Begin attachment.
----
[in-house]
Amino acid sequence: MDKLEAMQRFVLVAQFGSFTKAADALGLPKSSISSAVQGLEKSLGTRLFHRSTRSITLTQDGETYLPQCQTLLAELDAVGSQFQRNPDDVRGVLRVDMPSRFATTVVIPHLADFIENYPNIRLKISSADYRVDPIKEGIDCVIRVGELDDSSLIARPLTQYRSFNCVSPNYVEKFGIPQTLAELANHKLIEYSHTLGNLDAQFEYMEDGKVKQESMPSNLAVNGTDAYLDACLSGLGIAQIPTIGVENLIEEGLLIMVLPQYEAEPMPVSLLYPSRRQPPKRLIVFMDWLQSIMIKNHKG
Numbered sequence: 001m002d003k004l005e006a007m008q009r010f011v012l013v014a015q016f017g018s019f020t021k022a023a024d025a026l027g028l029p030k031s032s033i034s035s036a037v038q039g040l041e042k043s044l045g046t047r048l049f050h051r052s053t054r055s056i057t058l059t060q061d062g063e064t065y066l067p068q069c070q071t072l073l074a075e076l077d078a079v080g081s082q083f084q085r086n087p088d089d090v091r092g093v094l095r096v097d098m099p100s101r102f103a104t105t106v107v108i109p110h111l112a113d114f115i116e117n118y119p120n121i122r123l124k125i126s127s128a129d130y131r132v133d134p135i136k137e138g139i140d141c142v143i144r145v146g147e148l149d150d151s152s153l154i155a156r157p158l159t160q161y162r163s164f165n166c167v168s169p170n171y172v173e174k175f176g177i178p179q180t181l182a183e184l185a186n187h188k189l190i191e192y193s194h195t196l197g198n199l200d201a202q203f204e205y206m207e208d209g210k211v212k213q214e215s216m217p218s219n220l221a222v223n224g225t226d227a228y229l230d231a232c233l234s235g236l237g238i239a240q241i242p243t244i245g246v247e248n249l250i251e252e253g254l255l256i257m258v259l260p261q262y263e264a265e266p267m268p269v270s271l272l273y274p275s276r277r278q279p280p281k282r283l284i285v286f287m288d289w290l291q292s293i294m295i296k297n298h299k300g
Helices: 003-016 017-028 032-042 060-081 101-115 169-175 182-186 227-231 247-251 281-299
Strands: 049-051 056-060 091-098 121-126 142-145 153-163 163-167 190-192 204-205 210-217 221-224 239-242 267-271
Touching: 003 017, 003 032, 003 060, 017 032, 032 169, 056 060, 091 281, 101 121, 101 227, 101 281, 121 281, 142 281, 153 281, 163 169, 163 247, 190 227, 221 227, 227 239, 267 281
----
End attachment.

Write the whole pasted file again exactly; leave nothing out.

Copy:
[in-house]
Amino acid sequence: MDKLEAMQRFVLVAQFGSFTKAADALGLPKSSISSAVQGLEKSLGTRLFHRSTRSITLTQDGETYLPQCQTLLAELDAVGSQFQRNPDDVRGVLRVDMPSRFATTVVIPHLADFIENYPNIRLKISSADYRVDPIKEGIDCVIRVGELDDSSLIARPLTQYRSFNCVSPNYVEKFGIPQTLAELANHKLIEYSHTLGNLDAQFEYMEDGKVKQESMPSNLAVNGTDAYLDACLSGLGIAQIPTIGVENLIEEGLLIMVLPQYEAEPMPVSLLYPSRRQPPKRLIVFMDWLQSIMIKNHKG
Numbered sequence: 001m002d003k004l005e006a007m008q009r010f011v012l013v014a015q016f017g018s019f020t021k022a023a024d025a026l027g028l029p030k031s032s033i034s035s036a037v038q039g040l041e042k043s044l045g046t047r048l049f050h051r052s053t054r055s056i057t058l059t060q061d062g063e064t065y066l067p068q069c070q071t072l073l074a075e076l077d078a079v080g081s082q083f084q085r086n087p088d089d090v091r092g093v094l095r096v097d098m099p100s101r102f103a104t105t106v107v108i109p110h111l112a113d114f115i116e117n118y119p120n121i122r123l124k125i126s127s128a129d130y131r132v133d134p135i136k137e138g139i140d141c142v143i144r145v146g147e148l149d150d151s152s153l154i155a156r157p158l159t160q161y162r163s164f165n166c167v168s169p170n171y172v173e174k175f176g177i178p179q180t181l182a183e184l185a186n187h188k189l190i191e192y193s194h195t196l197g198n199l200d201a202q203f204e205y206m207e208d209g210k211v212k213q214e215s216m217p218s219n220l221a222v223n224g225t226d227a228y229l230d231a232c233l234s235g236l237g238i239a240q241i242p243t244i245g246v247e248n249l250i251e252e253g254l255l256i257m258v259l260p261q262y263e264a265e266p267m268p269v270s271l272l273y274p275s276r277r278q279p280p281k282r283l284i285v286f287m288d289w290l291q292s293i294m295i296k297n298h299k300g
Helices: 003-016 017-028 032-042 060-081 101-115 169-175 182-186 227-231 247-251 281-299
Strands: 049-051 056-060 091-098 121-126 142-145 153-163 163-167 190-192 204-205 210-217 221-224 239-242 267-271
Touching: 003 017, 003 032, 003 060, 017 032, 032 169, 056 060, 091 281, 101 121, 101 227, 101 281, 121 281, 142 281, 153 281, 163 169, 163 247, 190 227, 221 227, 227 239, 267 281